TPMDC and Think Progress both report the unsurprising news (I'll save you the trouble of posting that comment) that Senate Minority Leader Mitch McConnell (R-KY) says he stands ready to cooperate with President Obama, "If the president is willing to do what I and my members would do anyway."
This is the guy with whom Democrats are reportedly negotiating a deal on very minor, very watered down
The proposed changes would limit the number of executive branch nominations subject to Senate confirmation; make it more difficult for senators to anonymously block legislation or nominees; and end a stall tactic that lets senators force clerks to read aloud the complete text of a bill if the measure has been made public.
The Senate leaders, Democrat Harry Reid and Republican Mitch McConnell, are expected to reach a gentlemen’s agreement that will let the GOP offer more amendments but limit filibustering on motions to begin debate.
I mentioned earlier some of the difficulties with approaching this informally and outside of the rules (and that's why I crossed out "rules" in the link above), the chief problem being that there is so far no indication that the agreement would be enforceable in any way. If the deal calls for Senate business to move forward, but Republicans later decide they don't want to honor it, the theory of the constitutional option says that the opportunity to change the rules using majority cloture has come and gone. (Yes, there's another theory under which something similar can be done, but there's even less enthusiasm for that idea.) That means the cost for Republicans of honoring the agreement once it's locked in, while minor, remains the same, while the cost of reneging on it goes to near zero. Ask a conservative what "efficient breach" theory says about that.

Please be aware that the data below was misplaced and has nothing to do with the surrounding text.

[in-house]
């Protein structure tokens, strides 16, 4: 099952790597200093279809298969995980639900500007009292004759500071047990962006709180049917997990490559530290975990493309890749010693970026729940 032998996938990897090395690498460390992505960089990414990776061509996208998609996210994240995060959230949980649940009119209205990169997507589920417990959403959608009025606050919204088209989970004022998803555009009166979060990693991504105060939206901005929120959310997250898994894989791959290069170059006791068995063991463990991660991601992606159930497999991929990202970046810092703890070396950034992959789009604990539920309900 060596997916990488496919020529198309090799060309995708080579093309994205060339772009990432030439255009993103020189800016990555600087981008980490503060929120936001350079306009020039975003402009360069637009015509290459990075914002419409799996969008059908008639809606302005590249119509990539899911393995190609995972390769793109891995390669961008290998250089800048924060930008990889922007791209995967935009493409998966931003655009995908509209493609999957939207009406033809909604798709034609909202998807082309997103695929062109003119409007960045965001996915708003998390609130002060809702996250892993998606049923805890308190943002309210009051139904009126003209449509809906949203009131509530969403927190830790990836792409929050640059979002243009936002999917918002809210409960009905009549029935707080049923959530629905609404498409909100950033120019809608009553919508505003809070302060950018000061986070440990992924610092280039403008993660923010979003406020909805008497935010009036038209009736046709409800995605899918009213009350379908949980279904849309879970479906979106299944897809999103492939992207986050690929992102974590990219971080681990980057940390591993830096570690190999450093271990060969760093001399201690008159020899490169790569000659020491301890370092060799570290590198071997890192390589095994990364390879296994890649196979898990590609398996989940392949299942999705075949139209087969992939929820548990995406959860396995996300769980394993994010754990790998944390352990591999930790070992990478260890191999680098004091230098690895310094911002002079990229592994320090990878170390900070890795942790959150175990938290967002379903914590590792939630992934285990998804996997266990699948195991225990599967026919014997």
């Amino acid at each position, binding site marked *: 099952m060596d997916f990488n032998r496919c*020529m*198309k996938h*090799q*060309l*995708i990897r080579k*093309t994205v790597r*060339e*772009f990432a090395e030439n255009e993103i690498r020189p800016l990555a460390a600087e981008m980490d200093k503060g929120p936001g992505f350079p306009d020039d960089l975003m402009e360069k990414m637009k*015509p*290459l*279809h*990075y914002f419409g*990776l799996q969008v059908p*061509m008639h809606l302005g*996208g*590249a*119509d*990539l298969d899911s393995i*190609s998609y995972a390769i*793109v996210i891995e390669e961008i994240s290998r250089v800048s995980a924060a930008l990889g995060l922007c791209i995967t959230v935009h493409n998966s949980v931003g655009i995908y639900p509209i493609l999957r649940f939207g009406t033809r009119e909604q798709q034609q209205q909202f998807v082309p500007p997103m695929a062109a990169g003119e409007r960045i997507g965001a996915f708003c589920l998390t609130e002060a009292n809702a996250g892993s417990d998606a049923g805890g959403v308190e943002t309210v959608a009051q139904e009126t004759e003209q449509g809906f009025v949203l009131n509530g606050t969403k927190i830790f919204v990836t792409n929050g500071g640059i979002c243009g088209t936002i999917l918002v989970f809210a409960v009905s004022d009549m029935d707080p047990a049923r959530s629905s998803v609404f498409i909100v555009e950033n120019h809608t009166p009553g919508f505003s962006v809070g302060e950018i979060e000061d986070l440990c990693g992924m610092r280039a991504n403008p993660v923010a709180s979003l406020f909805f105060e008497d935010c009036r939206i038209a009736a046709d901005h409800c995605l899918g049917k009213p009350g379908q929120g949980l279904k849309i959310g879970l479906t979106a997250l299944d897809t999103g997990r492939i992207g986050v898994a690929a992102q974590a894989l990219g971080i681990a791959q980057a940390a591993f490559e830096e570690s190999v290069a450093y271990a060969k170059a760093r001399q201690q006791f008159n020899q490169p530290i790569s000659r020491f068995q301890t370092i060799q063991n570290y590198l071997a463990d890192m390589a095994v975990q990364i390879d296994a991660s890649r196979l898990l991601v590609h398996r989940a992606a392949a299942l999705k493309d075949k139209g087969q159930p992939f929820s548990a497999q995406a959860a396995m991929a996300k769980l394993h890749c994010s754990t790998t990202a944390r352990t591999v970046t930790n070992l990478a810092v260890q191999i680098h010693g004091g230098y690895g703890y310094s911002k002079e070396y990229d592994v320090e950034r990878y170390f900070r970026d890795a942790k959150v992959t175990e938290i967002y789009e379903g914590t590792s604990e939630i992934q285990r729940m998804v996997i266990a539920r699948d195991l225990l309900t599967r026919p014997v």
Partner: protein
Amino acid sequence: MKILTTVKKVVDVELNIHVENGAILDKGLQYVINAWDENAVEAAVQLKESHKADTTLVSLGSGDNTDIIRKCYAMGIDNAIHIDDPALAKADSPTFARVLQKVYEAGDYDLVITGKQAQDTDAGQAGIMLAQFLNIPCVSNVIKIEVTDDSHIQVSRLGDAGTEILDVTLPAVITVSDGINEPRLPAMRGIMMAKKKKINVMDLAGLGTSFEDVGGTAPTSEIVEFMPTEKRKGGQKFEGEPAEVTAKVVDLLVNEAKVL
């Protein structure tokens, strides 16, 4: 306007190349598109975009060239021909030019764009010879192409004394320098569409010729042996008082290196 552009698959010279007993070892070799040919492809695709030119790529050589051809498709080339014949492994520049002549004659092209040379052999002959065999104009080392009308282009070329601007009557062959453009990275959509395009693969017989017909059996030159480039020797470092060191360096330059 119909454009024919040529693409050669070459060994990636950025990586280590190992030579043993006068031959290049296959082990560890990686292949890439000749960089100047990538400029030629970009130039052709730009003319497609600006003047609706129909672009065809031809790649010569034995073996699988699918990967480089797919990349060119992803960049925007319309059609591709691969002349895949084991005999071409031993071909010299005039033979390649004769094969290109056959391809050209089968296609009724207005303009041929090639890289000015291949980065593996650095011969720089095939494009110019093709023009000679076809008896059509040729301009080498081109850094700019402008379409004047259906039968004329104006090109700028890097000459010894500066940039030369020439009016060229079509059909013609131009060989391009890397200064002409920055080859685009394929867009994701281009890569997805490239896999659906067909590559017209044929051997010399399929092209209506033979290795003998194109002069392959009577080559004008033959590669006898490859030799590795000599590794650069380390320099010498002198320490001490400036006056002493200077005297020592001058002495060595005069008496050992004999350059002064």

This, of course, is no position to be in when negotiating anything. And it's certainly not the way you should approach negotiations with someone who says this:
MCCONNELL: If the president is willing to do what I and my members would do anyway, we’re not going to say no and –
ALLEN: But that’s not much of a concession. That’s not bargaining, to just give you what you want.
MCCONNELL: Um, I like to think I’m a pretty good negotiator.
But hey, that's just sharp bargaining, right?
Then again, why bargain with McConnell at all?
We learned not long ago that having a deal with McConnell can be utterly meaningless, efficient breach theory aside:
What ever happened to the supposed deal for having four votes rather than two? Well, apparently that deal -- which would have included two Republican amendments that would have offered the choice of either a temporary or a permanent extension of all the cuts -- fell apart when a Republican objected to it at the last minute, leaving a surprised and embarrassed Mitch McConnell at the table empty-handed.
Still, wouldn't Republicans stick together in bargaining if the President and Congressional Democrats were willing to do what Republicans wanted anyway?
Well, apparently not. Like I just reminded you, when Senate Democrats last year offered the Republicans a chance to vote on amendments to temporarily or even permanently extend all the 2001 tax cuts, Republicans said no, just because doing so created aggravation and uncertainty for Democrats to deal with.
Look for more of the same in the future, particularly if Democrats "negotiate" away all their leverage in the first round, in talks with nominal Republican Leader McConnell. That'll leave them with less than nothing when de facto Republican Leader DeMint takes his turn and ponders his veto.